In addition there would be a group of programme directors—specialty programme directors for specialist registrars (as exist now) supplemented by specialty senior house officer programme directors and preregistration house officer programme directors. These individuals, who would not necessarily be medics, would manage the training. They would undertake appraisal of trainees and support the drawing up and implementation of personal development plans. These would draw linear curricula alongside opportunities arising from clinical experience, taking into account also the way in which each individual learnt. They would draw on content experts from the trainee's professional background whenever appropriate. They would provide regular feedback and support with problem areas. They would organise appropriate placements. Finally they would offer a basic level of career counselling. There would also be a cohort of consultants who would develop skills in assessment who would implement an assessment strategy for each specialty at each grade.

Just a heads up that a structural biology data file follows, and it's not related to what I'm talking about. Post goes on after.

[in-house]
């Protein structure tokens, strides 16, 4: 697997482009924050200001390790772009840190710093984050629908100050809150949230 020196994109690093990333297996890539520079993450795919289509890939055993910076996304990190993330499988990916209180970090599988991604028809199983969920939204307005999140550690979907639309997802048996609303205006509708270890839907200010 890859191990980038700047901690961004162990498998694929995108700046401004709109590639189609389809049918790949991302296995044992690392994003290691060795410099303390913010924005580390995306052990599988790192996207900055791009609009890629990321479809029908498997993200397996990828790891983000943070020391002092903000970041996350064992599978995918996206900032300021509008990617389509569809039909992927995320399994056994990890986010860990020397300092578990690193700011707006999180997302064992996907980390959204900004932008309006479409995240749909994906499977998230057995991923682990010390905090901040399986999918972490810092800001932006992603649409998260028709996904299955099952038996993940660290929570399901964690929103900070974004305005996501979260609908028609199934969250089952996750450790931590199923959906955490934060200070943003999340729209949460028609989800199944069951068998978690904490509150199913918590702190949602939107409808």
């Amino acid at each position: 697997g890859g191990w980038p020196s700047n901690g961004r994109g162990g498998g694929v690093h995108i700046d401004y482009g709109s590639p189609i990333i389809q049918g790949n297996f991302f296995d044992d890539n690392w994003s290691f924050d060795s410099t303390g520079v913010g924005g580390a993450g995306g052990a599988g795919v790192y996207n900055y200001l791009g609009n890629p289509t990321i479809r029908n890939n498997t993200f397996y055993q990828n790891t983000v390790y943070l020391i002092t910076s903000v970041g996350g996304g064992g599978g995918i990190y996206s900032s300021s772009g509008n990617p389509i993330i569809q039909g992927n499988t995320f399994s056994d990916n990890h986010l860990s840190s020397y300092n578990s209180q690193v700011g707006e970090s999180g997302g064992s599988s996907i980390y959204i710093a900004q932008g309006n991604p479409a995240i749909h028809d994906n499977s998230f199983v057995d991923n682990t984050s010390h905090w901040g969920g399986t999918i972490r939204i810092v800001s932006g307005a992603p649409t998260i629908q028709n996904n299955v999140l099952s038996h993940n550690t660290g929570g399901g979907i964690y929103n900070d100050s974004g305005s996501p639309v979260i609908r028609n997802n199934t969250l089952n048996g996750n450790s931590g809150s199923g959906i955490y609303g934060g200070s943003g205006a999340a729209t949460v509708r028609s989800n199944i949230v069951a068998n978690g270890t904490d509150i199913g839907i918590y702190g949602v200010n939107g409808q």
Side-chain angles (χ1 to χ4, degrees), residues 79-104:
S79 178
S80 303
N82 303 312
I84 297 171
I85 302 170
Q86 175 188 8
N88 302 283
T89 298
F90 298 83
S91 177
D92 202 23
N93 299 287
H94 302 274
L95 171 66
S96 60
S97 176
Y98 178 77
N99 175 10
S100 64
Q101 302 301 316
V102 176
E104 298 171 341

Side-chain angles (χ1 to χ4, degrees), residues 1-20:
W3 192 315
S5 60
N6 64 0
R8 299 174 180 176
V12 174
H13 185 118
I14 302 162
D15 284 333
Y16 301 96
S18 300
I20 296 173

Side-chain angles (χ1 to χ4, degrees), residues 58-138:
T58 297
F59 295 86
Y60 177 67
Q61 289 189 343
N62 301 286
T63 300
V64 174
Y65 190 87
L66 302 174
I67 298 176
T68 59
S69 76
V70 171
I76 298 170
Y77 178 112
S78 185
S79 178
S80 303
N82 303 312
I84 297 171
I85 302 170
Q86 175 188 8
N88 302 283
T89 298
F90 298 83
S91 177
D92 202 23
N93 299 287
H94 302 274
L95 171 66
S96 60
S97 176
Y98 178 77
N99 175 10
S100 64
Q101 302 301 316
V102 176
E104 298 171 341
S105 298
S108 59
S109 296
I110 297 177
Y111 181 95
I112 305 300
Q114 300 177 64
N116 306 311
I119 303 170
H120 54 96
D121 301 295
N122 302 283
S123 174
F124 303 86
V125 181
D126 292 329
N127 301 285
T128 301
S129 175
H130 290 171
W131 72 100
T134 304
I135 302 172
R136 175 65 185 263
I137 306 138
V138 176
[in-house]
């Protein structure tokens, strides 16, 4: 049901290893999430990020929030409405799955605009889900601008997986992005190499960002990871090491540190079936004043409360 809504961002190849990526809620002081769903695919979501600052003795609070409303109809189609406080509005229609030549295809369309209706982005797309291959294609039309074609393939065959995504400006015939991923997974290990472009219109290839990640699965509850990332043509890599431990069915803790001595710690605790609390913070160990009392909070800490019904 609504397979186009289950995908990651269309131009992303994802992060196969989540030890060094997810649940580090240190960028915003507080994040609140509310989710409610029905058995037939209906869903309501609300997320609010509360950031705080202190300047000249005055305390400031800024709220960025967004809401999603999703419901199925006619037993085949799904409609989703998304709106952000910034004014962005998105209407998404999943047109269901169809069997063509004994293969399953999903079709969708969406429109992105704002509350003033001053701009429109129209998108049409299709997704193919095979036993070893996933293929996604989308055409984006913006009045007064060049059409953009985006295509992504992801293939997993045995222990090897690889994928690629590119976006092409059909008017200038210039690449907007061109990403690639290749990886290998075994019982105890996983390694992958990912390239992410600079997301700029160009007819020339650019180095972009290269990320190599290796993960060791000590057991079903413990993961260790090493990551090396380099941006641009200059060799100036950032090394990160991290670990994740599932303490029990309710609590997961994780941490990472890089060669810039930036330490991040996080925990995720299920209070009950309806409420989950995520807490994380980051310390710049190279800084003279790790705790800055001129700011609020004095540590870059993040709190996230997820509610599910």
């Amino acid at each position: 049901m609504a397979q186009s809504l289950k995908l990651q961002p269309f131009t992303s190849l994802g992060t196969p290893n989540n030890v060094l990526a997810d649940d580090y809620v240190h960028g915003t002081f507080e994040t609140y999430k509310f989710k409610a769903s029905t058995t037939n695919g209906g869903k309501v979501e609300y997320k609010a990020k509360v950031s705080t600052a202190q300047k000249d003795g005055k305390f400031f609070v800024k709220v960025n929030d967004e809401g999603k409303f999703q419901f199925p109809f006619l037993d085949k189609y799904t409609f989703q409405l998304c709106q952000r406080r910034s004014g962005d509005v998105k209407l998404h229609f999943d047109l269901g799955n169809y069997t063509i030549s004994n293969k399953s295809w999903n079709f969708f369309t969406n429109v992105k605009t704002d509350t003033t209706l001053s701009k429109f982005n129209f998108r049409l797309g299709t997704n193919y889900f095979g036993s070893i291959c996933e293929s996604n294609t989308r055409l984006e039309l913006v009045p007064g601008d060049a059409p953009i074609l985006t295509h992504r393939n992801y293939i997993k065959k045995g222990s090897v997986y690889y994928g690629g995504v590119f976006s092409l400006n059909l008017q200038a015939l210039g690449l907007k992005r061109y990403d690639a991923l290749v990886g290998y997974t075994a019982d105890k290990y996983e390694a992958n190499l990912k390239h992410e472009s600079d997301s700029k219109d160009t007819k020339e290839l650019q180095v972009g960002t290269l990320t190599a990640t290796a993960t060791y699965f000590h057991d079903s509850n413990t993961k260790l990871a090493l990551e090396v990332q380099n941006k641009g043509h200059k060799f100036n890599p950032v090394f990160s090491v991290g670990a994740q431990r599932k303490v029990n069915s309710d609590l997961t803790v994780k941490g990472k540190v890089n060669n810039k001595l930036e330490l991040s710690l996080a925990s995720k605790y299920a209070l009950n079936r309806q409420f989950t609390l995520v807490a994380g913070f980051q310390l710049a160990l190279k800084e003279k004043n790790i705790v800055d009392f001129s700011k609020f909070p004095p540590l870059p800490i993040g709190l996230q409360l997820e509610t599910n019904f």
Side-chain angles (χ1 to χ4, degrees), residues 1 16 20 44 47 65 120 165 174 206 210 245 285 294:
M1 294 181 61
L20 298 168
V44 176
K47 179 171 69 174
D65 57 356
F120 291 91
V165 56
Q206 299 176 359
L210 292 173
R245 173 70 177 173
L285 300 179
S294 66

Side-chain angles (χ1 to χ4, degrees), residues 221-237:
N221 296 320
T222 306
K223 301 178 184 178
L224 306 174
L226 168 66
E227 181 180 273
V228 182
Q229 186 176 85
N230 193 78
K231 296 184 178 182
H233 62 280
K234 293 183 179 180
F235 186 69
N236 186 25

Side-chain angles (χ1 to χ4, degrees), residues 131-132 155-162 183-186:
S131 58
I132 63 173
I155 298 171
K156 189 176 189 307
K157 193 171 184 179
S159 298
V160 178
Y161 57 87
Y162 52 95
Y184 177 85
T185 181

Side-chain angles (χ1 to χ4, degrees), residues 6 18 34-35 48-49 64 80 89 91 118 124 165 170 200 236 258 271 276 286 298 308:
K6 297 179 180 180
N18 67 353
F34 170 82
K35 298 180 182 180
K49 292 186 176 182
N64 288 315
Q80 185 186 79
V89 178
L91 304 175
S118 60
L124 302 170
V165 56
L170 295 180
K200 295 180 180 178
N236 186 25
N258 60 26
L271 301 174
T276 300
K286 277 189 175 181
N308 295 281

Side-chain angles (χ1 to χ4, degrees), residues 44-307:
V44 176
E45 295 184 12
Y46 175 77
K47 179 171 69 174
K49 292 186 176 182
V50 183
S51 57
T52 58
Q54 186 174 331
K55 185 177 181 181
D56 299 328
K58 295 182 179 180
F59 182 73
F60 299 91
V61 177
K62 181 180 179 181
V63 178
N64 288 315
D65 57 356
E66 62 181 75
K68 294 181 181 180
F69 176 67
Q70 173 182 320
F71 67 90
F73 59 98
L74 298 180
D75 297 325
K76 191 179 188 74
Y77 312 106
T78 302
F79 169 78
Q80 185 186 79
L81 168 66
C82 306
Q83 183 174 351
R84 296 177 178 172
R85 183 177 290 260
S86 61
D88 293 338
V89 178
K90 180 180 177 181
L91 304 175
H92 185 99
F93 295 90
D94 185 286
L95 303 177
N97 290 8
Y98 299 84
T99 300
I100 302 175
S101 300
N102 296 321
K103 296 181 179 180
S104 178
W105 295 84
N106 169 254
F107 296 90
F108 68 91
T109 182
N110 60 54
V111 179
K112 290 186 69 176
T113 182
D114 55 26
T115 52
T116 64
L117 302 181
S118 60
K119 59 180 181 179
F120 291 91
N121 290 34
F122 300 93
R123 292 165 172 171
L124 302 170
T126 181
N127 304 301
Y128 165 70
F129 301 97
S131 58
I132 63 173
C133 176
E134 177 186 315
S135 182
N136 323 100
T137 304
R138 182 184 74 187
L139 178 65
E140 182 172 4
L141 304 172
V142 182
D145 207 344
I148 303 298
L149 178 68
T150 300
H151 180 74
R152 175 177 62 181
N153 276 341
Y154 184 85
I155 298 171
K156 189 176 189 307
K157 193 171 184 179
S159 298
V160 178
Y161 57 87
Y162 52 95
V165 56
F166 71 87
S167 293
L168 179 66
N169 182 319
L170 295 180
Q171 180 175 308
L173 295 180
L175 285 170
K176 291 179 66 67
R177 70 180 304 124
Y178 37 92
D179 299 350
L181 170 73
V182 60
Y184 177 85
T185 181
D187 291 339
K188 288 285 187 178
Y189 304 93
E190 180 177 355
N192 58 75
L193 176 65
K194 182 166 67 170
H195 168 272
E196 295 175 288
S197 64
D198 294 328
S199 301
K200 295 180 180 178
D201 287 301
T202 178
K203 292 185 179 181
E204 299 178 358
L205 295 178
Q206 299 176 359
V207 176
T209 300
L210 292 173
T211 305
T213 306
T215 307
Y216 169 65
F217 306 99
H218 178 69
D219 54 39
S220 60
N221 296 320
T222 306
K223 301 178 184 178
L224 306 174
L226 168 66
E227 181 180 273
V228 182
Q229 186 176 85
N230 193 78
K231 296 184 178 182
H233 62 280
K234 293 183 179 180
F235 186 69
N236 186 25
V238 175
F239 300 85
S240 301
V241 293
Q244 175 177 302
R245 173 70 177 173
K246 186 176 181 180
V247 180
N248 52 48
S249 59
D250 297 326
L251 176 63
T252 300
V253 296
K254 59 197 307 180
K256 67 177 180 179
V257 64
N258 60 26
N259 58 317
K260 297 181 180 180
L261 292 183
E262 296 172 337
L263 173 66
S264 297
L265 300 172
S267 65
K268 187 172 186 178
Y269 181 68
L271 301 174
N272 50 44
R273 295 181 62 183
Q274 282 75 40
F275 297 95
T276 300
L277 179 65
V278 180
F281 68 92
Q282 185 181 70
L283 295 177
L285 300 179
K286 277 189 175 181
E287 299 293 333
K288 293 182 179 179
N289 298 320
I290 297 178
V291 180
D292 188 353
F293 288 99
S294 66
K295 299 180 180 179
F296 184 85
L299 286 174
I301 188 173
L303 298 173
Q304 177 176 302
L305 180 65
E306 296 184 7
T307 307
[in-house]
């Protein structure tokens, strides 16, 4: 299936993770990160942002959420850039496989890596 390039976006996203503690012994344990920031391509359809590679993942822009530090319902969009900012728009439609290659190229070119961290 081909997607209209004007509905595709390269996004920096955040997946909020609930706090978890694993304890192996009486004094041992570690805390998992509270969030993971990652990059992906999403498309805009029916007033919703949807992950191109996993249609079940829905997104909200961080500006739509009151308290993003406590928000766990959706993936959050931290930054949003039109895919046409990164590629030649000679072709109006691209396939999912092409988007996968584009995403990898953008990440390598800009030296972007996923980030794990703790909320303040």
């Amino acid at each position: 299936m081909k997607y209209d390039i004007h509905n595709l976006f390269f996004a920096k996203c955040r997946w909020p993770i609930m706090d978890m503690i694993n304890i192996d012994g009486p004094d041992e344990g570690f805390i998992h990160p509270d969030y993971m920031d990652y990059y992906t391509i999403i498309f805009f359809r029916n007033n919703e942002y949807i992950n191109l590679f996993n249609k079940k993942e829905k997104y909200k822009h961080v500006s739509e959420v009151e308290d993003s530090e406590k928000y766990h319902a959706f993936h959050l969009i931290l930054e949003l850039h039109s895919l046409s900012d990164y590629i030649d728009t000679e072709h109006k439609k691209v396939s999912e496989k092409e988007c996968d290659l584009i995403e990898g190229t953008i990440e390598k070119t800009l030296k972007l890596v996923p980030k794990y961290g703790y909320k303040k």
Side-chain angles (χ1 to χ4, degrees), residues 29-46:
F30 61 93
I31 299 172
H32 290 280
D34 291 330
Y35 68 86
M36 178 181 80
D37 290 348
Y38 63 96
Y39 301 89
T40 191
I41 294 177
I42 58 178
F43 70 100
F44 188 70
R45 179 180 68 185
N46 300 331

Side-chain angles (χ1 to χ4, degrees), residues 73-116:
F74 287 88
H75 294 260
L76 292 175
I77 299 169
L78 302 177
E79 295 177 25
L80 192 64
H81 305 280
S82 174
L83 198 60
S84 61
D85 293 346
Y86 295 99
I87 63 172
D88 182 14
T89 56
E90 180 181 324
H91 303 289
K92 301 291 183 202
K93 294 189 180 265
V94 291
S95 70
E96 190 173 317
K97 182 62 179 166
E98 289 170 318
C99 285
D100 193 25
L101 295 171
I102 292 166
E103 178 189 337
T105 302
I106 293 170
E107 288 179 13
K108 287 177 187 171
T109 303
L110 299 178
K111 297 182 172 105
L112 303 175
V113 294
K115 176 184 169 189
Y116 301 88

To enable such changes to take place the postgraduate deans working as part of the workforce development confederations would implement educational contracts with trusts that enabled adequate time to be freed up from clinical activities for those involved in education, and that enabled appropriate educational activities to be developed. In addition they would ensure that appropriate training was available for all of those involved in education and would introduce assessment to ensure that those involved in training were performing effectively.

    This is a big agenda. It won't be implemented overnight, and undoubtedly the final product will not look exactly like the model predicted here. But there can be no doubt that there is a huge emphasis on training of the NHS workforce at present. What we need to do now is to begin to bring about some of these changes so that trainees get effective training and consultants have the time and skills to begin to enjoy training once again.